In the short-run, random volatility and luck can make the average investor look like Warren Buffett, but because of the efficiency of the market, that same average investor will look like a schmuck over the long-run. Legg Mason Funds Management put out an incredible chart that I believe so elegantly captures the incoherent and meaningless, short-term noise that the media attempts to interpret daily. What appears like outperformance in the short-run may merely be the lucky performance of a reckless speculator.

Source: Legg Mason Funds Management

Source: Legg Mason Funds Management

Dan Harrington, and so many other talented professionals know this fact all too well when an inexperienced “donkey” over-bets a clearly inferior hand, only to nail an inside-straight card on the “river” (last card of the round) out of pure luck – thereby knocking out a superior professional player. Over the long-run these out-of-control players end up losing all their money and professionals relish the opportunity of playing against them.

Talk to professionals and ask them what the biggest mistake new players make? The predominate answer:  novices simply play too many hands. In the world of investing, the same can be said for excessive trading. Commissions, transactions costs, taxes and most importantly, ill-timed, emotionally driven trades lead the average investor to significantly underperform. I’ve referenced it before, and I’ll reference it again, John Bogle’s 1984-2002 study shows the significant drag the aforementioned costs have on professionals’ performance, and especially the average fund investor that underperformed the passive (a.k.a., “Do Nothing” strategy) S&P 500 return by more than a whopping 10% annually!

Vanguard Bogle Study

I consider myself an above average player, and I’ve won a few small tournaments, but match me up against a professional like “Action Dan” Harrington and I’ll get destroyed in the long-run. Investing, like professional poker, can lead to excess returns with the proper integration of patience and a disciplined systematic approach. I strongly believe that all great long-term investors successfully implement a strategy that marries the art and science aspects of investing.  Don’t hold your breath if you expect to see me on ESPN, it may be a while before you see me at the Final Table with Dan Harrington at the World Series of Poker.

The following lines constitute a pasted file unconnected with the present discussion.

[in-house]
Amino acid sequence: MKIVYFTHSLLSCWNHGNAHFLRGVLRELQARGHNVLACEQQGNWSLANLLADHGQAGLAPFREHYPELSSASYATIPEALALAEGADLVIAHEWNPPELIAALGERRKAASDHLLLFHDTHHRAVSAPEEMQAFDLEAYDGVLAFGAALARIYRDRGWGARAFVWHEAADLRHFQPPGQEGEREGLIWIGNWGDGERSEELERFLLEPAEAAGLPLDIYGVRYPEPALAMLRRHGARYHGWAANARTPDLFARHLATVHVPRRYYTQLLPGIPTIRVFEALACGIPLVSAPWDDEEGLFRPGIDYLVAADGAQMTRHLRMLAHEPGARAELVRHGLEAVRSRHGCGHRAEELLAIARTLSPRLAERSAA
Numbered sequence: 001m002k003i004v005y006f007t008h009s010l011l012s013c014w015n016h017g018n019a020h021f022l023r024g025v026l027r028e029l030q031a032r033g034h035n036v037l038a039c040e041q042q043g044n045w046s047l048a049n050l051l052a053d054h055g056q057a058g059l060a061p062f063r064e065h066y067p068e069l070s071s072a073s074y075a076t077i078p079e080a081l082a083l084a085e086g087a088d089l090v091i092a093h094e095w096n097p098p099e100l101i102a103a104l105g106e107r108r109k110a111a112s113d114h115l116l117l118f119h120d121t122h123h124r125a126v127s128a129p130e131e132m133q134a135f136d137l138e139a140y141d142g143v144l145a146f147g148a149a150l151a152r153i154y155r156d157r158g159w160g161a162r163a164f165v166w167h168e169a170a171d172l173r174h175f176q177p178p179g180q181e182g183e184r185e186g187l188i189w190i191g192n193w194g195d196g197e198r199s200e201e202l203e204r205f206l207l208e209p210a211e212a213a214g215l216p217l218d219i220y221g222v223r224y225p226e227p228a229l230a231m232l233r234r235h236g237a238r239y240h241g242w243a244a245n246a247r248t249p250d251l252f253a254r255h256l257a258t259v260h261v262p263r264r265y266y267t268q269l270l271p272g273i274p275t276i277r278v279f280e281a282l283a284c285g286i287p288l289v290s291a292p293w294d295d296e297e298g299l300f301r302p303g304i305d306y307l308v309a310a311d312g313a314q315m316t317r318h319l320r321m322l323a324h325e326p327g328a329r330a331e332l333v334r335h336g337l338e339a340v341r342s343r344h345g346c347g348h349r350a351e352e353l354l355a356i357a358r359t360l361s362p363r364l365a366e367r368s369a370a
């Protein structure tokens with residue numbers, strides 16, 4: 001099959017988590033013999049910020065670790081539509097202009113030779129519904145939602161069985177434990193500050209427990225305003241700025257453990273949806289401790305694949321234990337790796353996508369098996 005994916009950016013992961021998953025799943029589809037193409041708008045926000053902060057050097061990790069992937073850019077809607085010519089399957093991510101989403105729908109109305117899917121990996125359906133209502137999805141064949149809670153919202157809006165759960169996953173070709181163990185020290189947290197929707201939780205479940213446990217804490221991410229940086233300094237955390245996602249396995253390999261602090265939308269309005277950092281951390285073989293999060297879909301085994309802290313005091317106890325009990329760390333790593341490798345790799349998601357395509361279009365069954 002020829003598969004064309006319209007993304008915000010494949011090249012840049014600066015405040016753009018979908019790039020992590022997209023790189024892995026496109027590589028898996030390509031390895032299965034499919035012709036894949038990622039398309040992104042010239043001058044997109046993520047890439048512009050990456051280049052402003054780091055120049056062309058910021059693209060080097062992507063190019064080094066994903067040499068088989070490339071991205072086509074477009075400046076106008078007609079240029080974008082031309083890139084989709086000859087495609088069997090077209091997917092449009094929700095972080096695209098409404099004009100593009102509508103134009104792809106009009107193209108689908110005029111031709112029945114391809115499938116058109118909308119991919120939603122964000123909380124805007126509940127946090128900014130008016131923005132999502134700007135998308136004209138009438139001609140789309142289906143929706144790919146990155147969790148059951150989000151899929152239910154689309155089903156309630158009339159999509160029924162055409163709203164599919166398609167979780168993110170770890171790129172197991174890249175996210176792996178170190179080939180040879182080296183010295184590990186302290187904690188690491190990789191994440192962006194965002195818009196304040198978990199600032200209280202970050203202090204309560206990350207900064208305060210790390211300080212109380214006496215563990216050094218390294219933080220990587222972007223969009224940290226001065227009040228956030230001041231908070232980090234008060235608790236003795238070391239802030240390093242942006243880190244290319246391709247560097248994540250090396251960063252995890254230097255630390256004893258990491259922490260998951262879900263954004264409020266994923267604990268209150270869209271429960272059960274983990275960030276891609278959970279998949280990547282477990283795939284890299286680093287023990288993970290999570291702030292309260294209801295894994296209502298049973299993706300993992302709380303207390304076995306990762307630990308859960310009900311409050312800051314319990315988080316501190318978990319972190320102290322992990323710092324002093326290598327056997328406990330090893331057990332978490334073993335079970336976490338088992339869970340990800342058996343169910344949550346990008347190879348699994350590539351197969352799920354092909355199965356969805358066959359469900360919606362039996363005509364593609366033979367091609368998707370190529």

Wade W. Slome, CFA, CFP®

Plan. Invest. Prosper.

DISCLOSURE: Sidoxia Capital Management (SCM) and some of its clients own certain exchange traded funds, and at the time of publishing had no direct positions in LM, DIS, or BRKA/B. No information accessed through the Investing Caffeine (IC) website constitutes investment, financial, legal, tax or other advice nor is to be relied on in making an investment or other decision. Please read disclosure language on IC “Contact” page.

September 17, 2009 at 4:00 am 3 comments

Bill Miller: Revenge of the Dunce?

Dunce Trimmed

Bill Miller’s Legg Mason Value Trust Fund (LMVTX) was down more than -55% in 2008 and many people considered him the industry dunce – due in part to his heavily concentrated stock positions and stubborn belief of holding onto his sinking “Financial” picks. Unfortunately this stance cratered results to abysmal depths – earning his fund the infamous Morningstar 1-Star Rating. But let’s not forget Mr. Miller did not become stupid over night. From 1991 through 2005 he beat the S&P 500 every year before hitting a rough patch in 2006-2008. His previous 15 year streak was the equivalent of me hitting .400 off Randy Johnson – very few, if any, can replicate. So, is the dunce back? Thus far in 2009, his fund is up about 25% through July 26th, handily trouncing the S&P 500 by more than 14% (Morningstar). Miller remains bullish on his outlook for financial markets although he caveats his prediction with three endogenous risks: